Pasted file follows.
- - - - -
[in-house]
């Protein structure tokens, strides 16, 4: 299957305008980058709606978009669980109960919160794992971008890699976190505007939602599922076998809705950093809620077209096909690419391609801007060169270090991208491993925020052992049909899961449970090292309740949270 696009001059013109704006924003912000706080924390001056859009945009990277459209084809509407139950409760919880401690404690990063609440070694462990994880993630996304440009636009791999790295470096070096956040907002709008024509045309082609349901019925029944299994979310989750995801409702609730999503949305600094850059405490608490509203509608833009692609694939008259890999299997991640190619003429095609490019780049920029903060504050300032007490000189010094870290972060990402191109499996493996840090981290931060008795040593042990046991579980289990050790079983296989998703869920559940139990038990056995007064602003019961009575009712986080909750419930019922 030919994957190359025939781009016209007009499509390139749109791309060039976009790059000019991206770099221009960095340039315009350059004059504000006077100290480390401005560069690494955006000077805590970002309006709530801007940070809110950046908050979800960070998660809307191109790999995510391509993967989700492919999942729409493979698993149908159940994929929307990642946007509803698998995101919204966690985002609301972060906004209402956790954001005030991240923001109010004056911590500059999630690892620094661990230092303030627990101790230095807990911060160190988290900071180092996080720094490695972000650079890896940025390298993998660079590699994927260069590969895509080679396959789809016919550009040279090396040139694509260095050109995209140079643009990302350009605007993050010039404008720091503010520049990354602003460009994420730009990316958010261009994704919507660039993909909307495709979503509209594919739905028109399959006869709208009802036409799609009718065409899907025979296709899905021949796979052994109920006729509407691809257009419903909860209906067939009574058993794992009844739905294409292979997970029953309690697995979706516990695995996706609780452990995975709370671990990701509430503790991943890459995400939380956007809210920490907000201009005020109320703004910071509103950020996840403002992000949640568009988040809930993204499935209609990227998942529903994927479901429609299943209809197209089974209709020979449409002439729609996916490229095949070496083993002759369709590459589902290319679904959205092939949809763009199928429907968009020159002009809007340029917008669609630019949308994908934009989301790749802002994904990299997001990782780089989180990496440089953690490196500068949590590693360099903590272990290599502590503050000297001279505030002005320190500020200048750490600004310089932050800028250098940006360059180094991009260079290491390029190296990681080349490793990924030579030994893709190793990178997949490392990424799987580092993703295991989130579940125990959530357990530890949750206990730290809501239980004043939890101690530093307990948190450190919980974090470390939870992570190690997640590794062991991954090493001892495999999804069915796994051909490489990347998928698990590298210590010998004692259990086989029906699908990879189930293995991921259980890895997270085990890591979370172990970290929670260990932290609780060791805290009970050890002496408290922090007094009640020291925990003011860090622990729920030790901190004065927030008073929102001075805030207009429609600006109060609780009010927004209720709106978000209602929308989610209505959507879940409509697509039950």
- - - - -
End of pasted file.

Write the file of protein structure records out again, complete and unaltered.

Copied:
[in-house]
């Protein structure tokens, strides 16, 4: 299957305008980058709606978009669980109960919160794992971008890699976190505007939602599922076998809705950093809620077209096909690419391609801007060169270090991208491993925020052992049909899961449970090292309740949270 696009001059013109704006924003912000706080924390001056859009945009990277459209084809509407139950409760919880401690404690990063609440070694462990994880993630996304440009636009791999790295470096070096956040907002709008024509045309082609349901019925029944299994979310989750995801409702609730999503949305600094850059405490608490509203509608833009692609694939008259890999299997991640190619003429095609490019780049920029903060504050300032007490000189010094870290972060990402191109499996493996840090981290931060008795040593042990046991579980289990050790079983296989998703869920559940139990038990056995007064602003019961009575009712986080909750419930019922 030919994957190359025939781009016209007009499509390139749109791309060039976009790059000019991206770099221009960095340039315009350059004059504000006077100290480390401005560069690494955006000077805590970002309006709530801007940070809110950046908050979800960070998660809307191109790999995510391509993967989700492919999942729409493979698993149908159940994929929307990642946007509803698998995101919204966690985002609301972060906004209402956790954001005030991240923001109010004056911590500059999630690892620094661990230092303030627990101790230095807990911060160190988290900071180092996080720094490695972000650079890896940025390298993998660079590699994927260069590969895509080679396959789809016919550009040279090396040139694509260095050109995209140079643009990302350009605007993050010039404008720091503010520049990354602003460009994420730009990316958010261009994704919507660039993909909307495709979503509209594919739905028109399959006869709208009802036409799609009718065409899907025979296709899905021949796979052994109920006729509407691809257009419903909860209906067939009574058993794992009844739905294409292979997970029953309690697995979706516990695995996706609780452990995975709370671990990701509430503790991943890459995400939380956007809210920490907000201009005020109320703004910071509103950020996840403002992000949640568009988040809930993204499935209609990227998942529903994927479901429609299943209809197209089974209709020979449409002439729609996916490229095949070496083993002759369709590459589902290319679904959205092939949809763009199928429907968009020159002009809007340029917008669609630019949308994908934009989301790749802002994904990299997001990782780089989180990496440089953690490196500068949590590693360099903590272990290599502590503050000297001279505030002005320190500020200048750490600004310089932050800028250098940006360059180094991009260079290491390029190296990681080349490793990924030579030994893709190793990178997949490392990424799987580092993703295991989130579940125990959530357990530890949750206990730290809501239980004043939890101690530093307990948190450190919980974090470390939870992570190690997640590794062991991954090493001892495999999804069915796994051909490489990347998928698990590298210590010998004692259990086989029906699908990879189930293995991921259980890895997270085990890591979370172990970290929670260990932290609780060791805290009970050890002496408290922090007094009640020291925990003011860090622990729920030790901190004065927030008073929102001075805030207009429609600006109060609780009010927004209720709106978000209602929308989610209505959507879940409509697509039950």